How to Make Tamales – 2 different fillings – red pork, green chicken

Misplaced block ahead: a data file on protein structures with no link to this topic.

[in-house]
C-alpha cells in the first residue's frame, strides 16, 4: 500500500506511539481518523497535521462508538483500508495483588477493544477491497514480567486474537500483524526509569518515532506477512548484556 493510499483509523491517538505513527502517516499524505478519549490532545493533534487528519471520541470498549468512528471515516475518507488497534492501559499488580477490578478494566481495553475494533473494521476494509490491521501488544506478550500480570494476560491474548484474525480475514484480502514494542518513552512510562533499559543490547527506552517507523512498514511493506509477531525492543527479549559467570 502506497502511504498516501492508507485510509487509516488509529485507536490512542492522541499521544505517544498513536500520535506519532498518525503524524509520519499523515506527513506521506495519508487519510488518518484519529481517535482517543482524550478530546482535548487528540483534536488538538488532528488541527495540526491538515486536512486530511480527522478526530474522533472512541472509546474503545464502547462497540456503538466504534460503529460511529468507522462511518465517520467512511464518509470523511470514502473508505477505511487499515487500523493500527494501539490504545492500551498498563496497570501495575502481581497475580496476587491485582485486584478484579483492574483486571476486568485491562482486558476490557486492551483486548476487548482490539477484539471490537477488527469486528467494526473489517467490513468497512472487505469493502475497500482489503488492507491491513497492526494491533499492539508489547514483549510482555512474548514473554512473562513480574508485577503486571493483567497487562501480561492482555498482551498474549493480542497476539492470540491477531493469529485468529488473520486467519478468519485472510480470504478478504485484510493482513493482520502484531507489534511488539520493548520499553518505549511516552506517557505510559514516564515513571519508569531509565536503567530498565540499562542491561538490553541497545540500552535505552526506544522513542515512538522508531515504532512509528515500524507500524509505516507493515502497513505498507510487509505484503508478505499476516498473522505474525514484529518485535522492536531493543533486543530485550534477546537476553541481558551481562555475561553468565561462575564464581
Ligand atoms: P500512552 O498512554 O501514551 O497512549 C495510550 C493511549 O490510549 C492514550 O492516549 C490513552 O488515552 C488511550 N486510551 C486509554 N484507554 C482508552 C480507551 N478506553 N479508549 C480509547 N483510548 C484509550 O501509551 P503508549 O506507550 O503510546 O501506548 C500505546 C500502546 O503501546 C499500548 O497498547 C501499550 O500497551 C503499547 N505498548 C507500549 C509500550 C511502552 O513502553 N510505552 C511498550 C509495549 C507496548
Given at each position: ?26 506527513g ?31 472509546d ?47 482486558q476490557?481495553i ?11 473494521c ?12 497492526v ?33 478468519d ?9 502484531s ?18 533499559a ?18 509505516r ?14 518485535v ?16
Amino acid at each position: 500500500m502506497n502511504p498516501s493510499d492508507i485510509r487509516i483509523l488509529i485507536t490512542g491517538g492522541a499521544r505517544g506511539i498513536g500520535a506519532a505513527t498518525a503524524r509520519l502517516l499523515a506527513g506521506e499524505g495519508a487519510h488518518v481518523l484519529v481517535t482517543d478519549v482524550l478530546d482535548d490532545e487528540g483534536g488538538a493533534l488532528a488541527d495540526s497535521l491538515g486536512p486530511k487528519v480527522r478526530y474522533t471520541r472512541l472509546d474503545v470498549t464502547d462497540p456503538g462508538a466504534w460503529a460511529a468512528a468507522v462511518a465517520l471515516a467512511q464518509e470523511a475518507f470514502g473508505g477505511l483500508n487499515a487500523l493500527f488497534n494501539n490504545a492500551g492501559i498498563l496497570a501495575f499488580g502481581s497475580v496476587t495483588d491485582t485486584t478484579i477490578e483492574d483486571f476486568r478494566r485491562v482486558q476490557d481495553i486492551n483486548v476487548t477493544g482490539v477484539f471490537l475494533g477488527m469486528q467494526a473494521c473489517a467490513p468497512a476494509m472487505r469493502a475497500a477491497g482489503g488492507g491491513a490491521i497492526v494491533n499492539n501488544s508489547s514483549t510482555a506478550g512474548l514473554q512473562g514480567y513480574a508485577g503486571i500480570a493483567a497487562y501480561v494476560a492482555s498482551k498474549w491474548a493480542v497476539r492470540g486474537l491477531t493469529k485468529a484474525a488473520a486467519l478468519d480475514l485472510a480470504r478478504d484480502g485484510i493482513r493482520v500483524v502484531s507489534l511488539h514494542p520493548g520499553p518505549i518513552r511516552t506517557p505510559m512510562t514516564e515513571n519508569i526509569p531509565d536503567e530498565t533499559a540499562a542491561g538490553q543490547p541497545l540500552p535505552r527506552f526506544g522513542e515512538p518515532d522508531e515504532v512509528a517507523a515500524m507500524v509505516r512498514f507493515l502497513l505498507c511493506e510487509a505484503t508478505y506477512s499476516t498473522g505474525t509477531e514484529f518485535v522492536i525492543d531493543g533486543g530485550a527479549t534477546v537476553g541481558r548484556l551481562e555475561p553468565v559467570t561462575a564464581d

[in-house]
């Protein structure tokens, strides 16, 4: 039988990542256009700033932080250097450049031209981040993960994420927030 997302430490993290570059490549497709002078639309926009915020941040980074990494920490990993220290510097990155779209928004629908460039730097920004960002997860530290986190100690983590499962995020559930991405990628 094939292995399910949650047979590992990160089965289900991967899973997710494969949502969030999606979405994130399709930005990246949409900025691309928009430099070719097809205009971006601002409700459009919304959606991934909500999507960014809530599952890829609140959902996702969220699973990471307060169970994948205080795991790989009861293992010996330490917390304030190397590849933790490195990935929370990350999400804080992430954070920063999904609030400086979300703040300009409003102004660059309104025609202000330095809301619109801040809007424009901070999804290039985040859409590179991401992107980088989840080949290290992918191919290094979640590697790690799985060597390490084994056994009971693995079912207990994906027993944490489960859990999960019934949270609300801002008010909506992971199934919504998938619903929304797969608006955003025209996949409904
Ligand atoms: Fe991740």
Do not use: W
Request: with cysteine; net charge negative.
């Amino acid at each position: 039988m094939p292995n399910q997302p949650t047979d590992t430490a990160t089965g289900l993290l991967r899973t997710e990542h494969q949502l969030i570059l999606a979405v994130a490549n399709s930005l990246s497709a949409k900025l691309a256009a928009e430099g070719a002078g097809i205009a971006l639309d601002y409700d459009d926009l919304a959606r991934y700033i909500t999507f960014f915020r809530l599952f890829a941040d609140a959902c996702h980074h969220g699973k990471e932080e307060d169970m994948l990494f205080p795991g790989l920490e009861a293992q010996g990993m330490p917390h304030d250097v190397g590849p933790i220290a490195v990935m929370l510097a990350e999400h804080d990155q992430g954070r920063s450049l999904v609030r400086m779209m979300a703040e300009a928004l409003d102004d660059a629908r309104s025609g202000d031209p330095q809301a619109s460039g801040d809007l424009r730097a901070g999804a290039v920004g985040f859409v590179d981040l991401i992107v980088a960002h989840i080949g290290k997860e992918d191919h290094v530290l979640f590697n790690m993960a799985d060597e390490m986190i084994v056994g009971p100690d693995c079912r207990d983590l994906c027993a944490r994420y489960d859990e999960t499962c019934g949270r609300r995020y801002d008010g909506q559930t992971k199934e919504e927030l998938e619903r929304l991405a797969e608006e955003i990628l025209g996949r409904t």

Hi, I’m Ashlee Marie. One of my favorite traditional meals to make at the holidays is homemade tamales. Don’t forget to subscribe so you don’t miss any of our other holiday foods. Let’s get started. A little-known fact about me is that my grandma grew up in Mexico, so as a family we actually make a lot of traditional Mexican foods – they are definitely a favorite of ours. And this tamale recipe is actually something that we make every year. My brother-in-law, me, and my sister, and our parents, when they’re in town, so it’s definitely a favorite. I’m going to share with you two different fillings that we make, and then the tamale recipe itself, and how we put it together. Now we do it assembly line. This is not a hard thing to do but it’s definitely time consuming, and so more hands less work. This is a great thing to do as a family. Then you can all take a bunch home and enjoy it fresh or enjoy it later. To get started with our red pork filling. You want about 20 to 30 dried peppers, you want to de-stem, and then deseed all of these. Then add them to some water. Once you have them all in water, you want to put something down on top of it to hold them down into the water, and then we’re going to let them soak until they’re nice and soft. It’s been a couple hours and our chilies are all soaked and super-soft. Now you want to do is pull them out and drain the water out of them a little bit, and put them inside your blender. You want to make sure that you maintain this chili water, you might use it a little bit later with the sauce. Now you want to add a medium onion, I just cut it into like eight so it’ll blend a little bit easier, six cloves of garlic’s that have the bottoms cut off and are smashed, then four sprigs of thyme, about a-half a teaspoon of salt. If it’s getting too thick and it’s not grinding up very well, you could take some of the juice that we soaked the peppers in and pour some in, just not too much. Now it’s nice and thick. So here we have three pounds of boneless pork shoulder, and we’re going to trim off the extra fat. We’re going to cut it into three-inch cubes, and then put all of the chunks into plastic bag. Then pour this over our pork. Knead your pork into your marinate, and marinate for at least three hours. It is all done. Now we’re going to just throw it in the crock-pot. One of the other ingredients in this filling is some toasted bay leaves. You just turn a pan onto high, and add the dried bay leaves to that, and after they start to brown, flip them over, and they are done. Now I usually cook this mixture for eight hours. I usually just do it night before we’re going to make tamales, and then shred it in the morning, and then just let them cool. They don’t have to be warm to put into the tamales. The pork is done, and before we shred it we actually want to make sure we pull out all four of those bay leaves. They should just fall apart. Just use two forks, unless you own one of those meat puller apart things. Those things are awesome but I just used two forks. Now for the chicken filling, we’re going to cook the chicken, and then shred it, and then to mix it in with the sauce. So there’s a lot of different ways you can cook chicken. You can boil it, which is my least preferred method – something about it just kind of turns me off. You can sauté it, or you can bake it. Those are the two that I always go with. Lately I’ve been on a baking kick, so that’s we’re going to choose today. Baking your chicken is super simple. First thing you want to do is put it on a pan, and drizzle it with some olive oil, and then we’re going to add any seasonings that you want. I’m just going to salt and pepper, and then you want to flip it over, and do the other side. We’re going to bake it at 400 for about 20 minutes, and then bring it down to 350 for any remaining time. I like to use meat thermometer to make sure that I don’t overcook it. While the chicken is cooking we’re going to prepare the rest of the filling. I have all of these tomatillos, and they have this outer skin on them. What you want to do is unwrap the outer skin. I twisted off to get the top off. You want to do that for about two-and-a-half pounds. Now this outer skin gets sticky and tacky, and if you touch your eyes with it they could burn, so make sure that you wash your hands afterwards. If you’re super sensitive to stuff like that, which I’m not, but if you are you can, of course, wear gloves. Once you have them peeled, what we want to do next is cut them in half through the center. We’re going to place them on a baking tray, and we’re going to put them in the oven and broil them. That’s how you roast tomatillos. Flip them over and broil both sides so they got roasted everywhere. Now it’s time to toss them into our blender. Then I usually roast my own peppers, but I happened to have a can of roasted peppers in my fridge, so I just used that. I have some garlic that I’ve skinned and crushed. Then I have a bunch of cilantro. Then small handful of salt – probably about a teaspoon. Blend it all together. Stir it together with your shredded chicken breast. This is ready to be filling. Oh, this is so good. Now we’re going to make the masa, and this is the dough that holds the filling in, and it’s the best part is made out of corn. You can buy it in most of your local grocery stores. You might have to go to a specialty store if you live someplace where maybe they don’t have a lot of Mexican food options. So we’re going to start with 2 cups of the masa flour, we’re going to add some salt, and some baking powder, and then we’re going to stir it. We’re just using our hand for this one. If you have an aversion to using your hands, you’re going to struggle with this, because it really is all about the texture to get the dough perfect. We’re going to add our chicken broth and mix it in. One of the things you want to do before you start this – before you get hands all in here and dirty, is you want to take the lard that you’re using and whip it up really good – you don’t just want to measure the lard out from the block that you buy it in, you want to whip it so it’s light and fluffy. I just used my electric beaters and beat it up. You can see how nice, and soft and pretty that looks. Now we’re going to add that whipped lard. The recipe calls for two-third, so I’ve measured that out, but I’m actually going to start with about half of it. Mix it in and then we’re just going to add little by little until the texture is right. That’s what I meant by you need to use your hands in this, it really comes down to the texture. Too little and it’s going to be a little bit too dry, and it’s going to crack. Too much, and it’s going to be a little bit difficult to flatten out, and work with, and to make your tamales. This is usually my sister’s job, but she doesn’t want to be in the video with me. Because she’s lame. You really want the texture to be more like a play dough. That’s when you’re going to feel kind a like grainy play dough. The reason you want to go slow, as you’re adding the lard, is that if you are over add and you need to dry it out a little bit more, if you add any of the masa later, it will actually end up much grainier. This is nice and smooth. Great way to test it is to take some, make your ball, to kind of feel how it balls up, and then flatten it out and see how it flattens. If it’s cracking, it’s little bit too dry. If it’s a little bit too sticky, it might be a little bit too wet. This feels right. Hopefully you can see that amazing texture. You want to get a paper towel and get it wet and then ring it up. You keep that over the dough to keep it from drying out, so that the texture is not changing as you work all of your dough balls, and flatten them, and everything else. To get your corn husks pliable, so you can use them and wrap up your tamales, you want to put them in a big bowl of water and leave them there for good 15-20 minutes. Put something heavy on top to hold them down so they stay way down. You want to take a nice clean towel and dry off your corn husk, that you can see now, we can fold it, and it’s nice, and pliable. We’re going to take our dough ball that we’ve rolled, and this is a tortilla press that I like to use. This is the plastic bag, that I always say about three or four years old, that we use every year for making this. There’s something about them – aging, and being used, and folded. It just works out better. If you’re working with a new one, you might take a couple tries to not have all of this stick together. Put your ball in the center of the press, slid over. Now a lot of people just are going to go straight down with your tortilla press, but we like to kind of do this a little bit, and then turn it. Because you can see this side is much thinner than this side, and so if you want it nice and even, I do a three-point turn here, and then press. Now it’s nice, and flat, and the perfect thickness. Take your corn husk and put it over your flatten masa, flip it inside and peal it away. Here we go. Now I have the perfect little medium to add my filling. I’m going to say that’s like two-and-a-half tablespoons. Alright, so we’re going to flip it over on one side, and flip it over the other side, just kind of press it together using the corn husks – not your fingers, and then pinch the bottom together – pinch, pinch, pinch. Then I wrap the husk, pull the bottom. They come down inside here. Press that down, and then pinch that together too. Then just repeat over, and over, and over, and over again. Now what we usually do is my mom dries off the husks, my sister makes the balls, I flatten it out, and my brother- in-law fills it and wraps it. It actually doesn’t take too much time at all. It’s definitely works better with more people. Alright, so now that you’ve had your tamales all made, it’s time to put them in your pot. Now this is an official tamale pot that I borrowed from my brother-in-law. I don’t actually have them myself. I just use a steamer to a little bit of water in the bottom. You don’t want your tamales to touch the water, so that’s what you want to use a steamer basket or something like that. You want to make sure that as you fill them up – you build it kind of log style. You don’t want to put them this way like they might be in the pictures – all snug together. It will take way too long to cook that way. So by doing it this way – by stacking them off skilter, like you’re building a log cabin, you’ll get a nice even cook. It will cook a lot faster, and you’ll be much happier with the results. You can even fill this all the way to the top with just a nice little hole in the center. Now because this is official pot it has a little hole right here. What that does, that helps the steam escape. If you don’t have an official tamale pot, like I don’t, what I usually do with my own pot, is I get a clean wrap, get it all damp – I just want my hands bunch of times to dampen it up, and then I covered over the pot so that the steam is mostly trapped inside but it’s a little bit still escaping, so you don’t make it too moist. It’s finished. I hope that you can see how much fun this is to make, seriously. It is so delicious. But, like I said, it is very time consuming. There’s a reason that we only do this once or twice a year. I’m trying to convince my brother-in-law that we need to have a Christmas in June, and have a whole another tamale session in the summer as well, just because they are so, so good. So we always pair our tamales with my grandmother’s refried bean recipe, and there’ll be a link to that down below. Another one of our favorite things to do is to serve the green with my homemade pickled creamy jalapeno dip. The recipe is also on the blog, and it’s totally worth it. As you can see we have a nice even coating of the masa, and we have a lot of this great filling. It’s nice and moist. The texture is perfect. Let’s give it a try. Now the red pork is a really nice recipe, have some nice flavors. It’s not too spicy, although. When you’re putting it all together you’re going to think, “Oh this is going to be so spicy.” It’s really not. It’s actually quite mild. This is one of those recipes that I’m actually constantly changing. It’s still not perfect in my mind. So if any of you have a great red pork tamale filling recipe, please let me know. I would love to tweak this and just get it to perfection, because the chicken is perfection. Ah! So good. Look how amazing that looks. So this green chicken is perfect. In fact a lot of years we don’t even bother with the red pork filling, and we just go straight the green and chicken. Ah! The tomatillos, it’s – ah, um. They’re good. Now you can eat tamale, bean, tamale, bean. One of my favorite things is to do is actually take your bite of tamale and get a big bunch of the beans with it – It’s hot. That’s a big bite. I think if I was dying this will be my final meal. In the comment box down below, let me know what your favorite family traditional meal is, something that you grew up with or maybe something that you’ve developed as an adult but it’s just become a family favorite that you just couldn’t go the year without making, at least, once. Don’t forget to subscribe so you don’t miss anything coming up. We’re about to start a whole new year, and I would love to hear what more cakes and recipes you want to see here on this channel. Happy holidays. Happy New Year. Thanks for watching. You know I can always put this in the end of my video.